Dublin barber challenges Covid payment cut after getting stranded abroad
Posted on 20th July 2020 at 21:20
Man went on short holiday to native country just before lock down
A barber who went on holiday to his native country just before the lock down and could not get back here until this month has brought a High Court challenge to the cutting off of his Covid-19 jobless following a review.
Nicolai Ciaica, a citizen of Romania and Moldova, has worked in Ireland since 2013 and lives on Main Street, Clongriffin, Dublin.
Just before the lock down, he says he went on a short holiday to Moldova where he had to remain until July due to the pandemic restrictions. He had applied and received the Covid-19 unemployment payment but on June 10th last it was withdrawn following a review by a social welfare inspector.
He says this was unlawful and he is seeking court orders that it be restored pending full determination of the matter by a deciding officer in the department.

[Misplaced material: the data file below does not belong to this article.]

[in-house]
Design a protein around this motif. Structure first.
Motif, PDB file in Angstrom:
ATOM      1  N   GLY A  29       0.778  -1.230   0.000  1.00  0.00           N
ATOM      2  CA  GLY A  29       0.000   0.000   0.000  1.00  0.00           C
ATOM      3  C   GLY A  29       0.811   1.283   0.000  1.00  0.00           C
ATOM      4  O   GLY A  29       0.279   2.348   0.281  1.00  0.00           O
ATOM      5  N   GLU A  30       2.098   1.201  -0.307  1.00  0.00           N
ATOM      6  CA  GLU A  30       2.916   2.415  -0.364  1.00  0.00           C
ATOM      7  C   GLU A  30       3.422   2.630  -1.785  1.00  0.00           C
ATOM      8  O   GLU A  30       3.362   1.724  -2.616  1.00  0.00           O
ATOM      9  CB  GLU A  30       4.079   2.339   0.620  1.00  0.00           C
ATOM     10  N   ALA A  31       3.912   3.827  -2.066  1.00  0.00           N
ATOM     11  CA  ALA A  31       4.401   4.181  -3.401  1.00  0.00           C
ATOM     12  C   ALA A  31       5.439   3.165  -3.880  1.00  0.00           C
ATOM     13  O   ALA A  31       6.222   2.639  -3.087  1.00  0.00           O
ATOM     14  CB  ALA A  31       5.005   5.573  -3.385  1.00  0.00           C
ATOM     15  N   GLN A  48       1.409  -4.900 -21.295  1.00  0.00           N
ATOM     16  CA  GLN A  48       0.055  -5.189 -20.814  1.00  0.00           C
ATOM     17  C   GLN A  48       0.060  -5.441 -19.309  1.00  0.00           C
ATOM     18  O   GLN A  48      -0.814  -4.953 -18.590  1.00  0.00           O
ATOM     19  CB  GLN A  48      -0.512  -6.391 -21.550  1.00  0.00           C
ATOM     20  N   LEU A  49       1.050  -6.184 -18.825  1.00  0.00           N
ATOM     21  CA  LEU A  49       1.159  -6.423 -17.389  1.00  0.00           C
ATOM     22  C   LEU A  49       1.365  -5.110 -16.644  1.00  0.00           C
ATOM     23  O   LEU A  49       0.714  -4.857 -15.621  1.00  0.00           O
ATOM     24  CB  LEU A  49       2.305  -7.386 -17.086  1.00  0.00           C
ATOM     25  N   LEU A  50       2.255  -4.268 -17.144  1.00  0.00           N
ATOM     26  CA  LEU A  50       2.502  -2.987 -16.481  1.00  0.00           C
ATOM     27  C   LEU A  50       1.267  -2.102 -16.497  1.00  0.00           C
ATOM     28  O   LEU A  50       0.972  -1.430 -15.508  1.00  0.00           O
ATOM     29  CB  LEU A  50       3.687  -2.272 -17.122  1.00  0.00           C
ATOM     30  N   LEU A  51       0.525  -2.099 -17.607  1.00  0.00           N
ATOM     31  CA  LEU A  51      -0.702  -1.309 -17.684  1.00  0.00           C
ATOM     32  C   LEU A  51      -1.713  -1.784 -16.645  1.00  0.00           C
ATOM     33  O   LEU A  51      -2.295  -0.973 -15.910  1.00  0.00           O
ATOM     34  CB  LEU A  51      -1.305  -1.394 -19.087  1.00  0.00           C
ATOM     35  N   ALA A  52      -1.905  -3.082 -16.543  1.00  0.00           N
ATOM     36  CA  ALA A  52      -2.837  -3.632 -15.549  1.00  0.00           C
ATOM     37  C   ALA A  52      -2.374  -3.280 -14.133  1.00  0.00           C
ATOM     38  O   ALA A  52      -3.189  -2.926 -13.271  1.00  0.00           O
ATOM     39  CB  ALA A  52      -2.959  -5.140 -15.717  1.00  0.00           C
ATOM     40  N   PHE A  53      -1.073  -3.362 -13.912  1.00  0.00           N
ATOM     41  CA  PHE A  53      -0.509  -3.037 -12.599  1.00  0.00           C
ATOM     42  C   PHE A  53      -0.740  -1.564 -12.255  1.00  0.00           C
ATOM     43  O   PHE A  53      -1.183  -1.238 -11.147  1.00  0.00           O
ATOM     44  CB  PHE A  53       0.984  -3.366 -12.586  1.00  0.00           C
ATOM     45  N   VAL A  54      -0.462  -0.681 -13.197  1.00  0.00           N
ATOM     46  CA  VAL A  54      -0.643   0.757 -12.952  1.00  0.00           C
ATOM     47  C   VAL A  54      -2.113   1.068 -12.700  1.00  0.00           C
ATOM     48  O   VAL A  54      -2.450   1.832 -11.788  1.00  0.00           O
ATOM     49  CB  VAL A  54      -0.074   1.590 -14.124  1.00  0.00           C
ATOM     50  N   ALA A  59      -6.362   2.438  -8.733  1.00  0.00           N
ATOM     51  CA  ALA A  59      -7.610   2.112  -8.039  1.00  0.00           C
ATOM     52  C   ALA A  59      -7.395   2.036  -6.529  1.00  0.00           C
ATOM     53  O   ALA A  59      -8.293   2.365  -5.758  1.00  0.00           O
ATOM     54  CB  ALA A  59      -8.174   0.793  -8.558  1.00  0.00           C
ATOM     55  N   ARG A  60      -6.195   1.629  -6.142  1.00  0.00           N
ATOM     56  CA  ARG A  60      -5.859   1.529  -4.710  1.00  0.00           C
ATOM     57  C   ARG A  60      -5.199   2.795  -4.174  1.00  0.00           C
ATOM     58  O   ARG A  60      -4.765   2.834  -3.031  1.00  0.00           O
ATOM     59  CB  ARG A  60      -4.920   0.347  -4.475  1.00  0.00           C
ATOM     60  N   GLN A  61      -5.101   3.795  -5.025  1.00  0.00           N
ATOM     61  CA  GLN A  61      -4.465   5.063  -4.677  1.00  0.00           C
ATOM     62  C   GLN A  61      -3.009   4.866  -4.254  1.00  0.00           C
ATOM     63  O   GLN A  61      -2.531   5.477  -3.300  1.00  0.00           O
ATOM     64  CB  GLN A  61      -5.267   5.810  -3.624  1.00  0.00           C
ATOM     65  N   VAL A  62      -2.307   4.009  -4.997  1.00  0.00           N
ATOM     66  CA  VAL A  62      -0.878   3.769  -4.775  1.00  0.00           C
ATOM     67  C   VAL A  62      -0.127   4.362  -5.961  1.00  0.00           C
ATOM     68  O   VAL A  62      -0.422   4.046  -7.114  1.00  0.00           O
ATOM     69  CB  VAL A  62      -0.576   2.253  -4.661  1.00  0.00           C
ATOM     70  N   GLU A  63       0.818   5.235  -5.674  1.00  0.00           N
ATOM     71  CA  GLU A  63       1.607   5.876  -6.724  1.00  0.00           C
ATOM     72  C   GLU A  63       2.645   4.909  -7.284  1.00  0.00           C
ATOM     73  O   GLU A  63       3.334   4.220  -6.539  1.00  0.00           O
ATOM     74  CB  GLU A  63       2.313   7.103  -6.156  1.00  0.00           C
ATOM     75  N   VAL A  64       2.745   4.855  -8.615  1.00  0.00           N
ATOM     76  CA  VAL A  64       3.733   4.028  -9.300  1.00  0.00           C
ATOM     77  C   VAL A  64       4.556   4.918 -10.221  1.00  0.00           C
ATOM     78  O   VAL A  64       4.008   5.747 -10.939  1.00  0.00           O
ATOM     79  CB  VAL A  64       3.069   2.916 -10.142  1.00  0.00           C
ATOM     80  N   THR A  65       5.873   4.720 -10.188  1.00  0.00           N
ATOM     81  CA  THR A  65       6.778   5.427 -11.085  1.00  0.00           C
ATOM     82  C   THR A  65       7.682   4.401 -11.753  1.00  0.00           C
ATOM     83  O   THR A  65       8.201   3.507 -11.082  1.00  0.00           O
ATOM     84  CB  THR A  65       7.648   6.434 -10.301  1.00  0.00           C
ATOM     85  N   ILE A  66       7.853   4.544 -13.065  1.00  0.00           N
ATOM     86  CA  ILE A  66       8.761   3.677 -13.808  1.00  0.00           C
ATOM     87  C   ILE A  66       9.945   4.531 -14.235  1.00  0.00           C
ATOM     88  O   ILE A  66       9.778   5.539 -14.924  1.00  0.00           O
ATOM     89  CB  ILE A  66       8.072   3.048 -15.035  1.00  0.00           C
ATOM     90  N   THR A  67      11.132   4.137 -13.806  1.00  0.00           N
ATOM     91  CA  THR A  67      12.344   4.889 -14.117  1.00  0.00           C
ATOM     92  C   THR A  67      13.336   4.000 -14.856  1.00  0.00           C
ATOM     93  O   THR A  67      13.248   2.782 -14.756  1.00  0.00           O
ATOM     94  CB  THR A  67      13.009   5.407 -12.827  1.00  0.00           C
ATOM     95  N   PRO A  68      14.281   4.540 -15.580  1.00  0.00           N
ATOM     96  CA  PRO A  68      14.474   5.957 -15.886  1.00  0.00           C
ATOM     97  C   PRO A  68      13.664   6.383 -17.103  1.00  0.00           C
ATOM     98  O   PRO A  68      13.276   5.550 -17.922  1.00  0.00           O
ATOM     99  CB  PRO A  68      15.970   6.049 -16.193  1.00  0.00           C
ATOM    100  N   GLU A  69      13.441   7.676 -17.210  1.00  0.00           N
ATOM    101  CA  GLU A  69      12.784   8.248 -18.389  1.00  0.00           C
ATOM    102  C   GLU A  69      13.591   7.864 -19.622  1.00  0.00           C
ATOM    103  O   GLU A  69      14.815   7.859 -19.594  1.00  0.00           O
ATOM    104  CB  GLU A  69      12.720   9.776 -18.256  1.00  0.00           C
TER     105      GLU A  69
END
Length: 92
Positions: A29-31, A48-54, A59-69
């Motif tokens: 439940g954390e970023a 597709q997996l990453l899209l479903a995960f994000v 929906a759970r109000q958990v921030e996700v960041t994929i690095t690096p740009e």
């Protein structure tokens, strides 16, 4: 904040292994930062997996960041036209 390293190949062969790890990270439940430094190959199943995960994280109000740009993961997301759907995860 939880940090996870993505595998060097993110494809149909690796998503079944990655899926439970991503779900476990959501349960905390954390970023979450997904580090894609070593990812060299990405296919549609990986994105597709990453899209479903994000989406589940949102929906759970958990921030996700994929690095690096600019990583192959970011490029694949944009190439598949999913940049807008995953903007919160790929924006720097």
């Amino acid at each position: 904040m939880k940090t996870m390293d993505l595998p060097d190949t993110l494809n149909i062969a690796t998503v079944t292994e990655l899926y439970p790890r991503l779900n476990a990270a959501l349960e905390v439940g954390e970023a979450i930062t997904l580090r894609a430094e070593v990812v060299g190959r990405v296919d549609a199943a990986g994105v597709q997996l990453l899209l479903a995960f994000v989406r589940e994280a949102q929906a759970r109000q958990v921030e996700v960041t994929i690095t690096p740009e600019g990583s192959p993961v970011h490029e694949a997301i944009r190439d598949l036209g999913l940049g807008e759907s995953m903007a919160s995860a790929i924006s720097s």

He also seeks declarations that the payment is non-statutory and provides for payment where a person has lost their job due to the pandemic, has been temporarily laid off, worked in the Republic or was a cross-border frontier worker, and lived here.
The basis on which the social welfare officer cut off his payment related to provisions of the Social Welfare Consolidation Act 2005 whereas pandemic payments are wholly different and apply where job loss/lay off and a number of other conditions are met, it is claimed.
Mr Ciaica claims he must be deemed to be currently living here in circumstances where he had worked here and only left the State for a holiday but could not return due to the restrictions. He could not have been deemed to be living in Moldova when he solely went there for a holiday, he says. He seeks a number of declarations including that unemployment benefits are exportable under the pandemic payment scheme. He says the decision to cease the payment was made in the absence of jurisdiction by the department.
On Monday, Mr Justice Garrett Simons granted his barrister Derek Shortall leave to bring judicial review proceedings over the matter against the Minister for Employment Affairs and Social Protection. The application was made on a one-side only represented (ex-parte) basis. The matter will return before the court in September.
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